Throughout 2016, fast-food workers staged protests nationwide, demanding that the minimum wage be raised to $15 per hour.
Soon after, restaurants like McDonald's — a company that saw plenty of its own employees among the protesters — announced the introduction of automated self-serving kiosks, eliminating the need for human workers without hurting customer experience.
If the news came as a harsh blow to the fast food protesters, it seems that they shouldn't be the only ones worried about getting replaced by machines.
According to a new study from think tank Reform, 90% of the civil service workers in Britain could wind up seeing their jobs replaced by robots — over the course of just the next 15 years.
The study notes that “public sector employee unions have bloated the civil service ranks,” and that — by replacing low-level employees who are tasked with things like collecting data and filing paperwork — the British government could save roughly the equivalent of $8 billion per year.
What's more, as Deputy U.S. Chief Technology Officer for The White House, Ed Felten wrote in May of 2016, a similar revolution is coming to the American government and its roughly 22 million employees. As Felten notes, departments have already begun studying how artificial intelligence can be leveraged to create “a more effective government.”
Beyond federal governments, the looming automation of the global labor force is a very real issue — one that could significantly affect more than a dozen different industry sectors in the U.S:
On example, interestingly enough, is the agricultural field — which is believed to employ over 300,000 workers that don't have valid immigration papers.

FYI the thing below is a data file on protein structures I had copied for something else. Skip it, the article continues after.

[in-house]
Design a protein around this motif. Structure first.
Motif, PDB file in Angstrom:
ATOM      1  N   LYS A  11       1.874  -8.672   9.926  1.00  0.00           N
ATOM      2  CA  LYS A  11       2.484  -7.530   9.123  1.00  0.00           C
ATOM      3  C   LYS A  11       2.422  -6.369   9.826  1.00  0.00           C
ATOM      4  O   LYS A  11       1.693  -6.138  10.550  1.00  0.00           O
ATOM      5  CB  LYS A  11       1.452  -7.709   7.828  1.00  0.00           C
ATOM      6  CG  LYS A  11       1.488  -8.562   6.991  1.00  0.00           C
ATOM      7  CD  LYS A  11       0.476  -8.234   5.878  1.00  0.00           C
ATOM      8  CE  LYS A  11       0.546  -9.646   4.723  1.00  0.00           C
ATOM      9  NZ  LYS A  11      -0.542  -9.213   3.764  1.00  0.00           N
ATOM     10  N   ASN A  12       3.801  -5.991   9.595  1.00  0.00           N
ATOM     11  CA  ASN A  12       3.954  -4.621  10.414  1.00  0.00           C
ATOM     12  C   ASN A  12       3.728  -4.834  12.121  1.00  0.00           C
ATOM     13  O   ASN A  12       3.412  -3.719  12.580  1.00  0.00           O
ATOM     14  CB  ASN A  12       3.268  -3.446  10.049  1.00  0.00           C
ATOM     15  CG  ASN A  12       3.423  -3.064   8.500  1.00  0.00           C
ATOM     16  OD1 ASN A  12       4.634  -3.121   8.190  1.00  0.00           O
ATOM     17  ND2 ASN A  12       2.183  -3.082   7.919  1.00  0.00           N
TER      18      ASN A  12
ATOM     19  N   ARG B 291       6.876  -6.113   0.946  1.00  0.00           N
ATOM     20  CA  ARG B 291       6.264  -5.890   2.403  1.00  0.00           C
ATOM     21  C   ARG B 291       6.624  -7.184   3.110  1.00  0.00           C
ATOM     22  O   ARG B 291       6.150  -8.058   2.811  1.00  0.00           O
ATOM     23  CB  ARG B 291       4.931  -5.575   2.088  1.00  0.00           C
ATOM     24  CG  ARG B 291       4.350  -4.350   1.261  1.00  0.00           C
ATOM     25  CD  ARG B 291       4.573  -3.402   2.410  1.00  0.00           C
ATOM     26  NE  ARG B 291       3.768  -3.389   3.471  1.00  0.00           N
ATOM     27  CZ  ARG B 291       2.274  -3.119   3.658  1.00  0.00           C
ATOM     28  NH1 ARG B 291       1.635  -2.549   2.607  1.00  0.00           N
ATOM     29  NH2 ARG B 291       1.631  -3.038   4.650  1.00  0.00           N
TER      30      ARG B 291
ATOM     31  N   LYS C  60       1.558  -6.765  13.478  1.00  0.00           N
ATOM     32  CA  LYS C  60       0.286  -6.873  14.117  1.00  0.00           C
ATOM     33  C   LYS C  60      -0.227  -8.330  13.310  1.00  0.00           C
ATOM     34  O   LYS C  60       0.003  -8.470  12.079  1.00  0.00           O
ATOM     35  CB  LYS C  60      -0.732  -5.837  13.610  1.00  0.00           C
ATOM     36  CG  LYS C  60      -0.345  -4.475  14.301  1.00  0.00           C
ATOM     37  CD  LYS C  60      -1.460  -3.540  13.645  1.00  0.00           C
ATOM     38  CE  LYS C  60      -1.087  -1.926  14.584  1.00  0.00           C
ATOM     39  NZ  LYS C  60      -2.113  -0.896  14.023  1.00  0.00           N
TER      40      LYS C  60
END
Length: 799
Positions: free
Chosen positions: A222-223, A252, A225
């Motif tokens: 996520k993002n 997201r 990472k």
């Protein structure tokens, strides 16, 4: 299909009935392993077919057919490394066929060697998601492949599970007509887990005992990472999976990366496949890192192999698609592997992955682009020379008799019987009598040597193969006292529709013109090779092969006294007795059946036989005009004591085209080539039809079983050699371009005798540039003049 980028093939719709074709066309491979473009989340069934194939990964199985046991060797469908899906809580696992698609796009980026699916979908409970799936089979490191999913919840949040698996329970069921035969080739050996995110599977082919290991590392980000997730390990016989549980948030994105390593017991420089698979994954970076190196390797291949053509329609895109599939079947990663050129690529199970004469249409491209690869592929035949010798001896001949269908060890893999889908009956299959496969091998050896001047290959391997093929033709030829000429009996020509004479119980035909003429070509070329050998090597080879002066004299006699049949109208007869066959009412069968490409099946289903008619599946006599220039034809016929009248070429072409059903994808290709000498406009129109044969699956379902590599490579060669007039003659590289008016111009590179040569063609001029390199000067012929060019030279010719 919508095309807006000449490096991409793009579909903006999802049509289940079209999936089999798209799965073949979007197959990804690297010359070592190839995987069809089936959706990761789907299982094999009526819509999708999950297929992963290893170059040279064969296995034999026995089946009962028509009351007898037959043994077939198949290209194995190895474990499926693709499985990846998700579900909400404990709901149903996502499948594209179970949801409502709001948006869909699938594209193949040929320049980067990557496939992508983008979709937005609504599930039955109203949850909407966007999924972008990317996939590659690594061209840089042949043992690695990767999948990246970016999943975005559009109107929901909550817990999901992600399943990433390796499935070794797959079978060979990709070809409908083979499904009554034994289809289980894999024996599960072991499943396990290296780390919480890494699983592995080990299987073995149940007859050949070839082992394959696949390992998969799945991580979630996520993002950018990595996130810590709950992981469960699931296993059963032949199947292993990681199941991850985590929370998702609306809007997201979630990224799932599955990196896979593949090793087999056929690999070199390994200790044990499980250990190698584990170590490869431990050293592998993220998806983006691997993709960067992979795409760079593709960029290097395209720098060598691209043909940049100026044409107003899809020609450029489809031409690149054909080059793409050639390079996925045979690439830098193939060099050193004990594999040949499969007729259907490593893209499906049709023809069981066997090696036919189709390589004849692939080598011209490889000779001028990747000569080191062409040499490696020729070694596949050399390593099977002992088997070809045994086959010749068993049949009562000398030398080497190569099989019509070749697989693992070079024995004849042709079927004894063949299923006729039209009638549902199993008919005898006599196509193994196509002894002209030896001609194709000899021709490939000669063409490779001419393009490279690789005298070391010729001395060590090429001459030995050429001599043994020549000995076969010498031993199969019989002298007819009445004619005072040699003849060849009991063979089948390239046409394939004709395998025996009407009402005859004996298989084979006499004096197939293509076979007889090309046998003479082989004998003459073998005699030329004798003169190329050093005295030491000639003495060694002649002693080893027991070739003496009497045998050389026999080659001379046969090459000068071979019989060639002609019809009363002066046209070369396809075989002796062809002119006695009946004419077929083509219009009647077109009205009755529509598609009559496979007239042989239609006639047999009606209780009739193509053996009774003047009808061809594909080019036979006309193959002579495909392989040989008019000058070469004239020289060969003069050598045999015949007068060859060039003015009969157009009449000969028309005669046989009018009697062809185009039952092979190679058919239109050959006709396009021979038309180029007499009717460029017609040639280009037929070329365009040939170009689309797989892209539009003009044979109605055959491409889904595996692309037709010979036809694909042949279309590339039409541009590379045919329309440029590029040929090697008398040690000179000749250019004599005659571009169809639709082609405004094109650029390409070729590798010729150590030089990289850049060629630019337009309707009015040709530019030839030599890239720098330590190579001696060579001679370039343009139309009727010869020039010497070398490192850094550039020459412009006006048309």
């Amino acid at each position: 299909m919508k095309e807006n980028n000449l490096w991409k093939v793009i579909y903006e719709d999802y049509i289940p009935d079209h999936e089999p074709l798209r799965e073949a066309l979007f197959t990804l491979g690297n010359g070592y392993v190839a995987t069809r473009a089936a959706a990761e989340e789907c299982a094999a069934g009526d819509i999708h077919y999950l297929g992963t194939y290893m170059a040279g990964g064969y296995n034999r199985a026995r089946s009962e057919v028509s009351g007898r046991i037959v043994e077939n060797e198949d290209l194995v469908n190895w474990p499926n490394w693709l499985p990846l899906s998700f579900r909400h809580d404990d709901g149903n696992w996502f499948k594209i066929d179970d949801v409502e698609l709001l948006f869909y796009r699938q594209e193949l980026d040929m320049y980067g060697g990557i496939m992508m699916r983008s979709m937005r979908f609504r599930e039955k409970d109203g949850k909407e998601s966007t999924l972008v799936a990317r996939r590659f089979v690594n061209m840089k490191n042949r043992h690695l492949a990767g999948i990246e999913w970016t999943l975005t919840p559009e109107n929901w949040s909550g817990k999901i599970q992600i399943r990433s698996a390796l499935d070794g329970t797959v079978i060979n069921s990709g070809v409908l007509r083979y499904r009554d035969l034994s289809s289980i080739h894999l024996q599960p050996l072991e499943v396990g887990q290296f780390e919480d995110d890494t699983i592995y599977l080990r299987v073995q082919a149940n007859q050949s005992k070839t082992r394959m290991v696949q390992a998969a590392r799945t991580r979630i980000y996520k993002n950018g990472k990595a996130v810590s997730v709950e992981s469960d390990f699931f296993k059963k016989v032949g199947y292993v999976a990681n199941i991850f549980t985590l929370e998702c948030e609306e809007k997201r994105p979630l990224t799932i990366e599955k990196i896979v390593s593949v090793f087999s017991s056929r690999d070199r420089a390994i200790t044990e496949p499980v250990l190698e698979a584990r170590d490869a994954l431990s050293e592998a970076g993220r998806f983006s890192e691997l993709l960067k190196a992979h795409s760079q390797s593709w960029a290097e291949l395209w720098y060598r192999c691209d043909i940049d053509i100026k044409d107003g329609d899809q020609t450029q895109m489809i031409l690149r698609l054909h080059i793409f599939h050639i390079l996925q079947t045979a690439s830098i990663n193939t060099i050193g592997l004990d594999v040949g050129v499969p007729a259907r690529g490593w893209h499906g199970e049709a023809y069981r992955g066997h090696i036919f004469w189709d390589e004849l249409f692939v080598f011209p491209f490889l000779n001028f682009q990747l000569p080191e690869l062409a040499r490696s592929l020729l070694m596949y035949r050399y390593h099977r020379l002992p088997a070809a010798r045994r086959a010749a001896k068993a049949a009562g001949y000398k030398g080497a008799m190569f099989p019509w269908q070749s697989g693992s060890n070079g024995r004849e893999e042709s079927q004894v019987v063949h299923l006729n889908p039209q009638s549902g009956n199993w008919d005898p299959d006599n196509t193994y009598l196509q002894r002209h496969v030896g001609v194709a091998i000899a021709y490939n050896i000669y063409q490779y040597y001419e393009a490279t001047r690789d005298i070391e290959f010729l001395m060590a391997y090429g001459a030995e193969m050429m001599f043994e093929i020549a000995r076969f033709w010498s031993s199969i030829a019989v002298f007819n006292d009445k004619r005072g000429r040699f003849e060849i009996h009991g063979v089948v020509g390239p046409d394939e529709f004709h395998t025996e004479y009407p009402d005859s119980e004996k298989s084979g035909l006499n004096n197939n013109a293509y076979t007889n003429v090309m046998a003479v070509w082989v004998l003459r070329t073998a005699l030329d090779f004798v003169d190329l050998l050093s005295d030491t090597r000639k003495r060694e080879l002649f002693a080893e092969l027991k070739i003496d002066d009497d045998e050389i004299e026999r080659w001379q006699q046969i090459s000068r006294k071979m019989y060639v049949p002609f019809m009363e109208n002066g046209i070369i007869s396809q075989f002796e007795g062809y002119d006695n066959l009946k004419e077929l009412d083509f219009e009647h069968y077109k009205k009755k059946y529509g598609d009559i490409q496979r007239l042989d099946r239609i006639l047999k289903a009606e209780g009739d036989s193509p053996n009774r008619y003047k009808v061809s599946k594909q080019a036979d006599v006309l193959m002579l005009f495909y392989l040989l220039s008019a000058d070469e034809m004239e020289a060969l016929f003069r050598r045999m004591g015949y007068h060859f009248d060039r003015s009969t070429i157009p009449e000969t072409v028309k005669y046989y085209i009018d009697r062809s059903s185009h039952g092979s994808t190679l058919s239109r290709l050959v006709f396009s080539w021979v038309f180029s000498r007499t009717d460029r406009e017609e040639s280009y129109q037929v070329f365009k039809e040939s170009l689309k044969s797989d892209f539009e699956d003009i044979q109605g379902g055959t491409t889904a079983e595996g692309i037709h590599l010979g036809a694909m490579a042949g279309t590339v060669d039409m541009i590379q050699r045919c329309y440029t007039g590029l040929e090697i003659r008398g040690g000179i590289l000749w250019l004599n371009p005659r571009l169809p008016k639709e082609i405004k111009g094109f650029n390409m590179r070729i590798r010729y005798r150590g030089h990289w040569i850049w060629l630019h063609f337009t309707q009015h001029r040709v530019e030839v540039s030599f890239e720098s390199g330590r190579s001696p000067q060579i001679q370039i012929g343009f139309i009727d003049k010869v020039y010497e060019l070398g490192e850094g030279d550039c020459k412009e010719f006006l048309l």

As Bloomberg notes:
Robotic devices like lettuce thinners and grape-leaf pullers have replaced so many human hands on U.S. farms in recent years that many jobs now held by illegal workers may not exist by the time Donald Trump builds his promised wall.
Another example would be Amazon's long-anticipated plan to use drones to deliver packages.
While it's believed that it will still be several years before drones see widespread use in this capacity, successful tests — like a drone that delivered a box of cookies from a seaside town to a tanker ship last March — have already been carried out.
Shipping company Maersk has said that such drone deliveries, whether they're for spare parts or medicine, could cut costs of $3,000 to $9,000 per ship every year.
While it might seem like such impending changes could spell doom for a human-based labor market, as The Economist notes that the need for labor has a tendency to react and evolve:
“We can’t predict what jobs will be created in the future, but it’s always been like that,” says Joel Mokyr, an economic historian at Northwestern University.
Imagine trying to tell someone a century ago that her great-grandchildren would be video-game designers or cybersecurity specialists, he suggests. “These are jobs that nobody in the past would have predicted.”
In the end, it seems the question isn't if industries will truly shift to using machines instead of human workers, but simply a question of when.